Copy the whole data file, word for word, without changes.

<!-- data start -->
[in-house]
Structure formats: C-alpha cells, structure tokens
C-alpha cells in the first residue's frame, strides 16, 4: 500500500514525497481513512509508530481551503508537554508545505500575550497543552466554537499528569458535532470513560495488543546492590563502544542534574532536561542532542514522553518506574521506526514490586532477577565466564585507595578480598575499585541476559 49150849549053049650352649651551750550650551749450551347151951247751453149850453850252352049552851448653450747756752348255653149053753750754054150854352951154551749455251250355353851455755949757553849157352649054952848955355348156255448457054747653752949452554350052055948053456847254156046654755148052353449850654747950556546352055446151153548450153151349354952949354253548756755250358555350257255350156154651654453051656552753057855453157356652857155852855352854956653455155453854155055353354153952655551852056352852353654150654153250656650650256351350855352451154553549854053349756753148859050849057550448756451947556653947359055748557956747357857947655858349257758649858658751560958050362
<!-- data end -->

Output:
[in-house]
Structure formats: C-alpha cells, structure tokens
C-alpha cells in the first residue's frame, strides 16, 4: 500500500514525497481513512509508530481551503508537554508545505500575550497543552466554537499528569458535532470513560495488543546492590563502544542534574532536561542532542514522553518506574521506526514490586532477577565466564585507595578480598575499585541476559 49150849549053049650352649651551750550650551749450551347151951247751453149850453850252352049552851448653450747756752348255653149053753750754054150854352951154551749455251250355353851455755949757553849157352649054952848955355348156255448457054747653752949452554350052055948053456847254156046654755148052353449850654747950556546352055446151153548450153151349354952949354253548756755250358555350257255350156154651654453051656552753057855453157356652857155852855352854956653455155453854155055353354153952655551852056352852353654150654153250656650650256351350855352451154553549854053349756753148859050849057550448756451947556653947359055748557956747357857947655858349257758649858658751560958050362